Recently, it has become possible to directly visualize antigen-specific T cells by using soluble multimeric MHC-peptide complexes. In 1997, Altman and Davis (31) demonstrated that flourescently labeled, tetrameric peptide-MHC complexes could indeed bind stably, specifically, avidly to antigen-specific T cells. Another methodology for multimer generation involves using an antibody to link two peptide-MHC complexes, forming peptide-MHC dimers, often termed MHC-Ig complexes (32,33). In theory, only T cells with receptors specific for the peptide used in the complex will be recognized by these approaches. Using standard flow cytometric analysis, one can gate on the T cells and look for expression of the antigen-specific TCR. Analysis of peripheral blood T cells specific for potent immunogens such as cytomegalovirus (CMV) and Epstein-Barr virus (EBV) demonstrated that between 0.2 and 6% of circulating CD8+ cells were specific for peptides representing these antigens. The quantitation of antigen-specific CD8+ T cells by flow cytometry using peptide-MHC tetramers has been shown to correlate well with traditional in vitro cytotoxicity assays (34). In addition, the intensity of staining of CD8+ T cells with peptide-MHC tetramers appears to correlate well with T-cell avidity for the antigen (34). A number of studies have shown the utility of flow cytometric analysis using peptide-MHC tetramers to quantitate CD8+ T cells specific for tumor antigens or control antigens often used in immunotherapy protocols (15,35,36). Dunbar and colleagues (37) used peptide-MHC tetramers to isolate antigen-specific T cells from peripheral blood or lymph nodes by cell sorting. Following cloning of these selected T cells they were shown to respond to specific antigen by cytokine production. However, it is not known whether simple binding of T cells to peptide-MHC tetramer accurately predicts functional activity.
Although peptide-MHC tetramers are powerful tools, they have certain limitations. In particular, they can only be used to detect known immune responses, as the peptide of interest must be loaded into the peptide-MHC tetramer and thus must already be known and synthesized. Immune responses to unknown antigens thus cannot be detected. Additionally, only class I MHC tetramers have been routinely available for widespread use; construction of class II tetramers has required considerable technical challenges to be overcome but these reagents have been described and are soon to be commercially available.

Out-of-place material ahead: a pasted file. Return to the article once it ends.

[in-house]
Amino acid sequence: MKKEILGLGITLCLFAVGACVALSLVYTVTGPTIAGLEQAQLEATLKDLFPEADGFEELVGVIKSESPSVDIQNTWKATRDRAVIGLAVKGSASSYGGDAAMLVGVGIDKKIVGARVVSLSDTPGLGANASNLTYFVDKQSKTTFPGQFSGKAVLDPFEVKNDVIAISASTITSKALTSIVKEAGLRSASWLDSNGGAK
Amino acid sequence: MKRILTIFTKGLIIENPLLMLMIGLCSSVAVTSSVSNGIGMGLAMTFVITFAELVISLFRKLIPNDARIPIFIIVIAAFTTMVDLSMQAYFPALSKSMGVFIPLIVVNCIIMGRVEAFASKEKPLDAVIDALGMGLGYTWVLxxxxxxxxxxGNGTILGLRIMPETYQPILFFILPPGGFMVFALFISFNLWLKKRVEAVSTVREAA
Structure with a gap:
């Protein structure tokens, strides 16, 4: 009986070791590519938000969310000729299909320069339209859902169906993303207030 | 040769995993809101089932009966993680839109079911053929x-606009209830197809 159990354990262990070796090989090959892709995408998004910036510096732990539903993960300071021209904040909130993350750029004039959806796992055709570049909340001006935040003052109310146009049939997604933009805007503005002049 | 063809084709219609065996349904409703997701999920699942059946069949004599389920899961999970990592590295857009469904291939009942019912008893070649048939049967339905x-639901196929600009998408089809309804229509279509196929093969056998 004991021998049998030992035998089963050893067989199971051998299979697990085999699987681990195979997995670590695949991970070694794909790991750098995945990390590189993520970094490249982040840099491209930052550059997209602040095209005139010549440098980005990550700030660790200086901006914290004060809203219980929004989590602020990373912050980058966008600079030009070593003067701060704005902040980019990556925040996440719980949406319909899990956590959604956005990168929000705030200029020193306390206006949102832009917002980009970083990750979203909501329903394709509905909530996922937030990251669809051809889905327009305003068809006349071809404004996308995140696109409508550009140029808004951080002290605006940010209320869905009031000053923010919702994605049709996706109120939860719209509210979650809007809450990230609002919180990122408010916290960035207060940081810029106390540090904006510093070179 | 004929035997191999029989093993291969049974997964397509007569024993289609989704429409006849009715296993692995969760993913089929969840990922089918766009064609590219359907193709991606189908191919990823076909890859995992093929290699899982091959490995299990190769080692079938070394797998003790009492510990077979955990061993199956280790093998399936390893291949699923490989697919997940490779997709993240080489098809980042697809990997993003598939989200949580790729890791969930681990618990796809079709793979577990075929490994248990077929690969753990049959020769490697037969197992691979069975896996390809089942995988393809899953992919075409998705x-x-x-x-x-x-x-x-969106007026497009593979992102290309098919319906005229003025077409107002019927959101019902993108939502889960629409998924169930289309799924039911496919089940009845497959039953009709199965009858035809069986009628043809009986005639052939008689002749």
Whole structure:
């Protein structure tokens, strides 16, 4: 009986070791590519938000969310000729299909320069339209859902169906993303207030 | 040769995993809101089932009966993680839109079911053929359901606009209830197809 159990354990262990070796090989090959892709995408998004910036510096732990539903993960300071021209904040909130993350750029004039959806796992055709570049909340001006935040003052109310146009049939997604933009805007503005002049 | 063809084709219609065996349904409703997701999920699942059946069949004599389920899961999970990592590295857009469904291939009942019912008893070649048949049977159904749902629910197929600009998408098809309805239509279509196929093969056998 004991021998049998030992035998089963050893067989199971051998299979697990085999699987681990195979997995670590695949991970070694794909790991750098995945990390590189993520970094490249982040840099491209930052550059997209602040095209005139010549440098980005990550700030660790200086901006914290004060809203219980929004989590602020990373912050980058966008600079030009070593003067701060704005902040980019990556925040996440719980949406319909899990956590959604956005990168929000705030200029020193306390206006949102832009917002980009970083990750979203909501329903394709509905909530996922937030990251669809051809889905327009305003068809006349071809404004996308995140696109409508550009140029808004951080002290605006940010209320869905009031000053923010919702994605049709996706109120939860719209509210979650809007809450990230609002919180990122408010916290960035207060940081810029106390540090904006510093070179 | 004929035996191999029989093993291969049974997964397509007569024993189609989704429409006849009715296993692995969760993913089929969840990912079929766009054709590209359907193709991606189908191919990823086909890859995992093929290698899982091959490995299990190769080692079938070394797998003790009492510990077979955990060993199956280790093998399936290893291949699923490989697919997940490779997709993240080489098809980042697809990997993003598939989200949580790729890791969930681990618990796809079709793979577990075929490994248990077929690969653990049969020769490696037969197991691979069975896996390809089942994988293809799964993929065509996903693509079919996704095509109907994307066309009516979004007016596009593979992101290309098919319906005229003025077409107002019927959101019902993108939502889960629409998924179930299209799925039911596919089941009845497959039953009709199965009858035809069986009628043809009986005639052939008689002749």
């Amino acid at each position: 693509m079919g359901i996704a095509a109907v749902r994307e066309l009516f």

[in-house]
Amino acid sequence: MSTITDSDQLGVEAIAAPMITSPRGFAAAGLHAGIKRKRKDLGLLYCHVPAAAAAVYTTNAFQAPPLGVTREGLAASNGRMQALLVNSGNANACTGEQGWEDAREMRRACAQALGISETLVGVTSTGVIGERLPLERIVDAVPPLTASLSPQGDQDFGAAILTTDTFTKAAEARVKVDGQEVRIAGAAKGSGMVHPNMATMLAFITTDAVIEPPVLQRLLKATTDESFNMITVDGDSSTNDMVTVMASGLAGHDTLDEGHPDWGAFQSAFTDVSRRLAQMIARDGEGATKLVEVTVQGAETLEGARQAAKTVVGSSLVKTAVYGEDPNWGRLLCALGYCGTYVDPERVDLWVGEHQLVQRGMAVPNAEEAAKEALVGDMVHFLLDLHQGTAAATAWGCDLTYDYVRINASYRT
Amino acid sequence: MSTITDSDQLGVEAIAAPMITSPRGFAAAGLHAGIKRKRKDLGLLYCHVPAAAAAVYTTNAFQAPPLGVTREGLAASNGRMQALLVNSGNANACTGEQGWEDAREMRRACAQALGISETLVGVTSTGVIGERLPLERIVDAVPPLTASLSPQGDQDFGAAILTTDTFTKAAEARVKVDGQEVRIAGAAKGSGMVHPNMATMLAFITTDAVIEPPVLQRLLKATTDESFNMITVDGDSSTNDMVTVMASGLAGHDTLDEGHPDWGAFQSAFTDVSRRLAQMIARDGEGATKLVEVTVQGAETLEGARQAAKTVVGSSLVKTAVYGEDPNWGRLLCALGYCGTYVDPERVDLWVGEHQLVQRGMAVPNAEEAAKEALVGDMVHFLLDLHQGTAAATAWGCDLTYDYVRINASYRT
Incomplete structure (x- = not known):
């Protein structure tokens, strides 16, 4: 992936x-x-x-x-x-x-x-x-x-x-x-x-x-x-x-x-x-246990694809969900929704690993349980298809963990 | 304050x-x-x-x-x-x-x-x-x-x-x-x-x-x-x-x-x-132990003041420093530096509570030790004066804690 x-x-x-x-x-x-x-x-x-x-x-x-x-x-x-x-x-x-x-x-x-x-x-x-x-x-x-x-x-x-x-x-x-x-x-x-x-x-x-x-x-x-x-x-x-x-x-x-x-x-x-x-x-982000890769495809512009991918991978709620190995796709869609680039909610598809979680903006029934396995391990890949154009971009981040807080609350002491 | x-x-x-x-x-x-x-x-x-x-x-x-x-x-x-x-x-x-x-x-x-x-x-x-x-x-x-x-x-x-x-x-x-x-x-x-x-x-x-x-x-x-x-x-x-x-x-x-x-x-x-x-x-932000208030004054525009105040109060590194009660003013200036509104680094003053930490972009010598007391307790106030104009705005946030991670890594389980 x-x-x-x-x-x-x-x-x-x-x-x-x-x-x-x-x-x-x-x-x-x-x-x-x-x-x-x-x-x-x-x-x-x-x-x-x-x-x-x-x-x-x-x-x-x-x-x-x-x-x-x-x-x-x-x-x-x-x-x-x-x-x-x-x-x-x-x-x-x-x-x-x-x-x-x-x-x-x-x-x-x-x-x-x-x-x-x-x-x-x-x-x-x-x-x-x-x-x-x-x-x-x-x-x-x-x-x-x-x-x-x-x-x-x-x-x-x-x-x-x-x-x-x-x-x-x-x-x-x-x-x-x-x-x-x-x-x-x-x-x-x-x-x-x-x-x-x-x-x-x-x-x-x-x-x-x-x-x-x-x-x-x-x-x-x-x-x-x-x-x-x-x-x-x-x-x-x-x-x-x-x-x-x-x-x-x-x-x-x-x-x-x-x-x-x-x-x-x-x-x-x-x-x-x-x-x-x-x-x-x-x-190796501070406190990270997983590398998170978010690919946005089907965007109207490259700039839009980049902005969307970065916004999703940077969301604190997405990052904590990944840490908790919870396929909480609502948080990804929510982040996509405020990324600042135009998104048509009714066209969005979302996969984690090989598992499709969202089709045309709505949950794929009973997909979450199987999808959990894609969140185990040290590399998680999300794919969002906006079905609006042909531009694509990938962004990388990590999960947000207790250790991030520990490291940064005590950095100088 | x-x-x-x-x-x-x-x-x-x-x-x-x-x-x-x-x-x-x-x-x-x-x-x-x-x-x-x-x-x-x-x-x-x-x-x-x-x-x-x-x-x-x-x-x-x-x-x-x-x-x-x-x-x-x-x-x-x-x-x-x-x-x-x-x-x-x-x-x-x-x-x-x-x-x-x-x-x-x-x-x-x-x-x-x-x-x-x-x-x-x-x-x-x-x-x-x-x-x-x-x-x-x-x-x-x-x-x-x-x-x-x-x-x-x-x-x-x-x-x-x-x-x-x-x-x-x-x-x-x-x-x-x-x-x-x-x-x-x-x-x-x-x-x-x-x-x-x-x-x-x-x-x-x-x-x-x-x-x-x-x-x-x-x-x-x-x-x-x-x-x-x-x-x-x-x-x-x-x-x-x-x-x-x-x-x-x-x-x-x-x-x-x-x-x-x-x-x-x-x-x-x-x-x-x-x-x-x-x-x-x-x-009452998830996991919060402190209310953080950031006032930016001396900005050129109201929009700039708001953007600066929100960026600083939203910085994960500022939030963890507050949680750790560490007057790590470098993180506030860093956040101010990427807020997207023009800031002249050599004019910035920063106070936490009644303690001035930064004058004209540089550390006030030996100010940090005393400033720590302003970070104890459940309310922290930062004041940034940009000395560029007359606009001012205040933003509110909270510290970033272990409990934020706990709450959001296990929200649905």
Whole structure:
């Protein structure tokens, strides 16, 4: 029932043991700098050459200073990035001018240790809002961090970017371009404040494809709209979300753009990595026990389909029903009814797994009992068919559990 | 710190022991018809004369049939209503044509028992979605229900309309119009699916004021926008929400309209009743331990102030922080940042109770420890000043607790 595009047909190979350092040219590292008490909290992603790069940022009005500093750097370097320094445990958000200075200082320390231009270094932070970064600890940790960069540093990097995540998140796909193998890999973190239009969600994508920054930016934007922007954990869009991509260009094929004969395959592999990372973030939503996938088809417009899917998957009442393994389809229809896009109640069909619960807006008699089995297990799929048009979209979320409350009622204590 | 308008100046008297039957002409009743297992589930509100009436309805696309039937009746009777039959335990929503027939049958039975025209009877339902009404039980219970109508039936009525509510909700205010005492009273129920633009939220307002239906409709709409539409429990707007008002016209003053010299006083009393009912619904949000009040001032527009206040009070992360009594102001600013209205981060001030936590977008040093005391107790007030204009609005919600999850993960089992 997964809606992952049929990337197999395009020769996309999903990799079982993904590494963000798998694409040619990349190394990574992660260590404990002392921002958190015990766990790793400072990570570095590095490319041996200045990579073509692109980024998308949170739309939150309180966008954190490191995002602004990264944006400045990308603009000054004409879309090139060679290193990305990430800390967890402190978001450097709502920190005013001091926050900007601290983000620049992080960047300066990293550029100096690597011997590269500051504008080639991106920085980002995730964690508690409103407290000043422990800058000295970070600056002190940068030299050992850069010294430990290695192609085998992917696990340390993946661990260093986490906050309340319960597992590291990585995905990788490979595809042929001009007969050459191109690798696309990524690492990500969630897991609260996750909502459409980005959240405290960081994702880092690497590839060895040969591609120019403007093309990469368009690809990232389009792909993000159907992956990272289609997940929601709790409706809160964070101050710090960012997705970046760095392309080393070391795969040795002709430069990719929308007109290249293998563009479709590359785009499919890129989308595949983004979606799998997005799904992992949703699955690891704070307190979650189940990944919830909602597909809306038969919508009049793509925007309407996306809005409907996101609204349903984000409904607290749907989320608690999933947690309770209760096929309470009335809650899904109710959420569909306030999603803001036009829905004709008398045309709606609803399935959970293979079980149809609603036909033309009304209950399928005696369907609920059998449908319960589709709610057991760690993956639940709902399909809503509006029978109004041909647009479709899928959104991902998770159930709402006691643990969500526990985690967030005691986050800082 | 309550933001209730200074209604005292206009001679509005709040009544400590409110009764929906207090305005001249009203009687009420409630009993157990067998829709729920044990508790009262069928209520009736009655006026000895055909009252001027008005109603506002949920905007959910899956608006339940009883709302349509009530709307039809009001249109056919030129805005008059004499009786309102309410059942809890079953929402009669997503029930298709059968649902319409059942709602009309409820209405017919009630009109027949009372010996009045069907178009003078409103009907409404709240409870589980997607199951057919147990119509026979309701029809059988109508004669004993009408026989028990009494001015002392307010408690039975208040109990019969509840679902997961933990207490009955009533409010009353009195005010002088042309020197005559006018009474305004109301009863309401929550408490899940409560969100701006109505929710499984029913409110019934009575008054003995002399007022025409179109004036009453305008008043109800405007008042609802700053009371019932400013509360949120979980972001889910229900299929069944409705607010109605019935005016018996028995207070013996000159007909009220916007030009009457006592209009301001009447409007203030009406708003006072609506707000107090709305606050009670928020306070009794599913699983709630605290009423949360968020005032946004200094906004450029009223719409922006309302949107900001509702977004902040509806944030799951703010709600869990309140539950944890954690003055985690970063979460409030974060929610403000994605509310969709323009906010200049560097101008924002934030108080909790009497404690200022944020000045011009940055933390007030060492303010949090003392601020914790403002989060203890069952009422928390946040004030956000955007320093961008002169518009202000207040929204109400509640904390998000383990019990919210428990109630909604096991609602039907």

The exquisite sensitivity of peptide-MHC tetramers for quantitating antigen-specific T cells has raised the question of whether CD8(+) cells that bind to peptide-MHC tetramers are naïve or antigen-experienced ("memory" T cells). Pittet and colleagues (18) observed that 10 of 13 melanoma patients and 6 of 10 healthy individuals had high frequencies (greater than or equal to 1/2500 CD8+ T cells) of Melan-A-specific cells in the peripheral blood. All of these Melan-A-specific cells from the healthy individuals and seven of the patients displayed a naïve CD45RA(hi)/RO(-) phenotype. In three of the patients, "memory" CD45RA(lo)/RO(+) Melan-A-specific cells were observed. In contrast, influenza matrix-specific CTLs from all individuals exhibited a CD45RA(lo)/RO(+) memory phenotype. One patient was observed to have an evolution of the Melan-A-specific cell phenotype over time. This study suggests that in addition to simply detecting peptide-MHC positive cells, it may be important to assess if antigen-specific T cells are naïve or memory T cells in order to determine if the detected antigen-specific T cells have been stimulated by the immunization strategy.
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